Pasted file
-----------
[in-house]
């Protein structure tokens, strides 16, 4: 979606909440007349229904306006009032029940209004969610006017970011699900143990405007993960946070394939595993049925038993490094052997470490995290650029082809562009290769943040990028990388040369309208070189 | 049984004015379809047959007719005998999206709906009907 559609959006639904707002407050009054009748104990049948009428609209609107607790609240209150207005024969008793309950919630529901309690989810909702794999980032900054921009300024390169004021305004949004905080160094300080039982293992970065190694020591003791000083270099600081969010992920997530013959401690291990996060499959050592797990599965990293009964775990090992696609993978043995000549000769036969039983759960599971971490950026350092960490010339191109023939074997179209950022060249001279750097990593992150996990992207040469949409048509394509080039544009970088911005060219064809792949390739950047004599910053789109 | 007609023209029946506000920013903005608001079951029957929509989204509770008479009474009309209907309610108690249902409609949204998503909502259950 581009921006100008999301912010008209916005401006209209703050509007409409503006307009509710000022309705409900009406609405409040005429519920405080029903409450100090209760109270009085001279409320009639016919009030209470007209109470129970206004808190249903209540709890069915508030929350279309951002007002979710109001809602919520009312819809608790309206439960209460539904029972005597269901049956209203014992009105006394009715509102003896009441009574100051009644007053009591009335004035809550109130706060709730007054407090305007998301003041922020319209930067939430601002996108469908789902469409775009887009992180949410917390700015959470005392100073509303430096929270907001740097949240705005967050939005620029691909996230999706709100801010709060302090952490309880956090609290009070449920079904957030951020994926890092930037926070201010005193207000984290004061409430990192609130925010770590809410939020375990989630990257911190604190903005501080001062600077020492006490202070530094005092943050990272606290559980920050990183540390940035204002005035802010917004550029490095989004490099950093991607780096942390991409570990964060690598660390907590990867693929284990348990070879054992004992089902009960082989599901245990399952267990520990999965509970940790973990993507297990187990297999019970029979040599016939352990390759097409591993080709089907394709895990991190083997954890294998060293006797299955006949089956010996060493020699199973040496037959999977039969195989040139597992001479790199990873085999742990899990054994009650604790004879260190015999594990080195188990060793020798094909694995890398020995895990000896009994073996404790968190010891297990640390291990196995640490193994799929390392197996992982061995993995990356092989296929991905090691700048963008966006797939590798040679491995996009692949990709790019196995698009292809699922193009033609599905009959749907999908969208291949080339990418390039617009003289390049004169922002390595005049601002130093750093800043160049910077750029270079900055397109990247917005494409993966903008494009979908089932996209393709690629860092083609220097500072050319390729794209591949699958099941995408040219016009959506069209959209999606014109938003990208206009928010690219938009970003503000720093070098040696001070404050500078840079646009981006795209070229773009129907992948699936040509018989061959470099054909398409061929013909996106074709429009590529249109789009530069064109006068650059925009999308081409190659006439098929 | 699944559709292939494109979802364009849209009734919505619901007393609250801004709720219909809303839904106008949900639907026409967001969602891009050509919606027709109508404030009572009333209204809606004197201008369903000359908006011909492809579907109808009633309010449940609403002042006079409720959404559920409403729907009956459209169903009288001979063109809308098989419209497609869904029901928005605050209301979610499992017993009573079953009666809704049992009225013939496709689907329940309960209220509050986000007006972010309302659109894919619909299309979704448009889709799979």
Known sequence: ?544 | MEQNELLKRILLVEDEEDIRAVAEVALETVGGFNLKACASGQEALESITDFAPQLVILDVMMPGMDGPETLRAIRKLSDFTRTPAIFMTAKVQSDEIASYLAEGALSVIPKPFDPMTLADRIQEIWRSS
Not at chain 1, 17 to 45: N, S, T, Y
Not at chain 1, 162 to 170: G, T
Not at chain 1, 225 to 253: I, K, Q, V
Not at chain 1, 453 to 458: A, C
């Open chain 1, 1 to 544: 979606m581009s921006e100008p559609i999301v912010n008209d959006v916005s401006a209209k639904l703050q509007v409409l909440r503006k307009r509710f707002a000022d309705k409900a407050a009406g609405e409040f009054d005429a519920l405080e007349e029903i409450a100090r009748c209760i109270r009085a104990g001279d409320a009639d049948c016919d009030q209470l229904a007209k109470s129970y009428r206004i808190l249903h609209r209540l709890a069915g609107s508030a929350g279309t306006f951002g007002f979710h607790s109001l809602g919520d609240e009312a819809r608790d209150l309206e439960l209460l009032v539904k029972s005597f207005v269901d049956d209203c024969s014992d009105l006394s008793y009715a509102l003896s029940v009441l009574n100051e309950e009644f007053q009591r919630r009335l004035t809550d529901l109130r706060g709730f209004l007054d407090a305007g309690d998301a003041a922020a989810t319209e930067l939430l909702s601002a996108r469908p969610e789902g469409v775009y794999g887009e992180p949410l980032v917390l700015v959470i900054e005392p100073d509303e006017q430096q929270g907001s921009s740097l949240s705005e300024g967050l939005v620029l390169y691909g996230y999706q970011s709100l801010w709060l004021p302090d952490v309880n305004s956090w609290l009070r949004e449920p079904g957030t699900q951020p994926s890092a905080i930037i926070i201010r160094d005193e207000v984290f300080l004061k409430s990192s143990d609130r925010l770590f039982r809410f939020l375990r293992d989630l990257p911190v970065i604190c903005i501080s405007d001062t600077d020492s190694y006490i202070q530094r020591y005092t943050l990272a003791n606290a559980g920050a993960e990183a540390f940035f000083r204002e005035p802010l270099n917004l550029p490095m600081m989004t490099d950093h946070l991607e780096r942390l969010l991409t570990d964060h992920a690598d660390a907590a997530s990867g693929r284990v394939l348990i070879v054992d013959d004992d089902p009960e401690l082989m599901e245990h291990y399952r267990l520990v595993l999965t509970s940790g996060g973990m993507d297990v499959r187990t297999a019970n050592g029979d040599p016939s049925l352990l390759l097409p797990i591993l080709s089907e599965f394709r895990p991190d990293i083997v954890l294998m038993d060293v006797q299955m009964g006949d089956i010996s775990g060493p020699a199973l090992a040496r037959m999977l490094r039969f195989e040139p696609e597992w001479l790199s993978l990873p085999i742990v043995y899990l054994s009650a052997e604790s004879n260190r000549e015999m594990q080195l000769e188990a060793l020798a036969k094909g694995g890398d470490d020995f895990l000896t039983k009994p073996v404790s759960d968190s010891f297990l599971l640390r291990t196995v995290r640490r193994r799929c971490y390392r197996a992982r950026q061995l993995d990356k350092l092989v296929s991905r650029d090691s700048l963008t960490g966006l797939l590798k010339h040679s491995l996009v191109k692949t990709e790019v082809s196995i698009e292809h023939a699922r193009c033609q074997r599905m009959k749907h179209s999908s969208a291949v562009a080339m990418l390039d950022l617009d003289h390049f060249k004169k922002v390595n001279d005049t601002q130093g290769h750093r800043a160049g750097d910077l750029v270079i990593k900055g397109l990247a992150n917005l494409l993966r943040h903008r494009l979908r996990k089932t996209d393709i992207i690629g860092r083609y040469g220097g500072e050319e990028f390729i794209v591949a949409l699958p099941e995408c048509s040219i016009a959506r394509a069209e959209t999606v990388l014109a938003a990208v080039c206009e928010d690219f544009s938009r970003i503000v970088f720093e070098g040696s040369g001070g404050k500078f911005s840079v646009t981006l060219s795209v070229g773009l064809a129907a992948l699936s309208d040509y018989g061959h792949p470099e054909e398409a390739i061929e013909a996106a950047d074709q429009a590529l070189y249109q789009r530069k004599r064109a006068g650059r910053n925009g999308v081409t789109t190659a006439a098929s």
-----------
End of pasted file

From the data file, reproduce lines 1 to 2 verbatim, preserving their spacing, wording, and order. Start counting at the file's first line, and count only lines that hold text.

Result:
[in-house]
């Protein structure tokens, strides 16, 4: 979606909440007349229904306006009032029940209004969610006017970011699900143990405007993960946070394939595993049925038993490094052997470490995290650029082809562009290769943040990028990388040369309208070189 | 049984004015379809047959007719005998999206709906009907 559609959006639904707002407050009054009748104990049948009428609209609107607790609240209150207005024969008793309950919630529901309690989810909702794999980032900054921009300024390169004021305004949004905080160094300080039982293992970065190694020591003791000083270099600081969010992920997530013959401690291990996060499959050592797990599965990293009964775990090992696609993978043995000549000769036969039983759960599971971490950026350092960490010339191109023939074997179209950022060249001279750097990593992150996990992207040469949409048509394509080039544009970088911005060219064809792949390739950047004599910053789109 | 007609023209029946506000920013903005608001079951029957929509989204509770008479009474009309209907309610108690249902409609949204998503909502259950 581009921006100008999301912010008209916005401006209209703050509007409409503006307009509710000022309705409900009406609405409040005429519920405080029903409450100090209760109270009085001279409320009639016919009030209470007209109470129970206004808190249903209540709890069915508030929350279309951002007002979710109001809602919520009312819809608790309206439960209460539904029972005597269901049956209203014992009105006394009715509102003896009441009574100051009644007053009591009335004035809550109130706060709730007054407090305007998301003041922020319209930067939430601002996108469908789902469409775009887009992180949410917390700015959470005392100073509303430096929270907001740097949240705005967050939005620029691909996230999706709100801010709060302090952490309880956090609290009070449920079904957030951020994926890092930037926070201010005193207000984290004061409430990192609130925010770590809410939020375990989630990257911190604190903005501080001062600077020492006490202070530094005092943050990272606290559980920050990183540390940035204002005035802010917004550029490095989004490099950093991607780096942390991409570990964060690598660390907590990867693929284990348990070879054992004992089902009960082989599901245990399952267990520990999965509970940790973990993507297990187990297999019970029979040599016939352990390759097409591993080709089907394709895990991190083997954890294998060293006797299955006949089956010996060493020699199973040496037959999977039969195989040139597992001479790199990873085999742990899990054994009650604790004879260190015999594990080195188990060793020798094909694995890398020995895990000896009994073996404790968190010891297990640390291990196995640490193994799929390392197996992982061995993995990356092989296929991905090691700048963008966006797939590798040679491995996009692949990709790019196995698009292809699922193009033609599905009959749907999908969208291949080339990418390039617009003289390049004169922002390595005049601002130093750093800043160049910077750029270079900055397109990247917005494409993966903008494009979908089932996209393709690629860092083609220097500072050319390729794209591949699958099941995408040219016009959506069209959209999606014109938003990208206009928010690219938009970003503000720093070098040696001070404050500078840079646009981006795209070229773009129907992948699936040509018989061959470099054909398409061929013909996106074709429009590529249109789009530069064109006068650059925009999308081409190659006439098929 | 699944559709292939494109979802364009849209009734919505619901007393609250801004709720219909809303839904106008949900639907026409967001969602891009050509919606027709109508404030009572009333209204809606004197201008369903000359908006011909492809579907109808009633309010449940609403002042006079409720959404559920409403729907009956459209169903009288001979063109809308098989419209497609869904029901928005605050209301979610499992017993009573079953009666809704049992009225013939496709689907329940309960209220509050986000007006972010309302659109894919619909299309979704448009889709799979």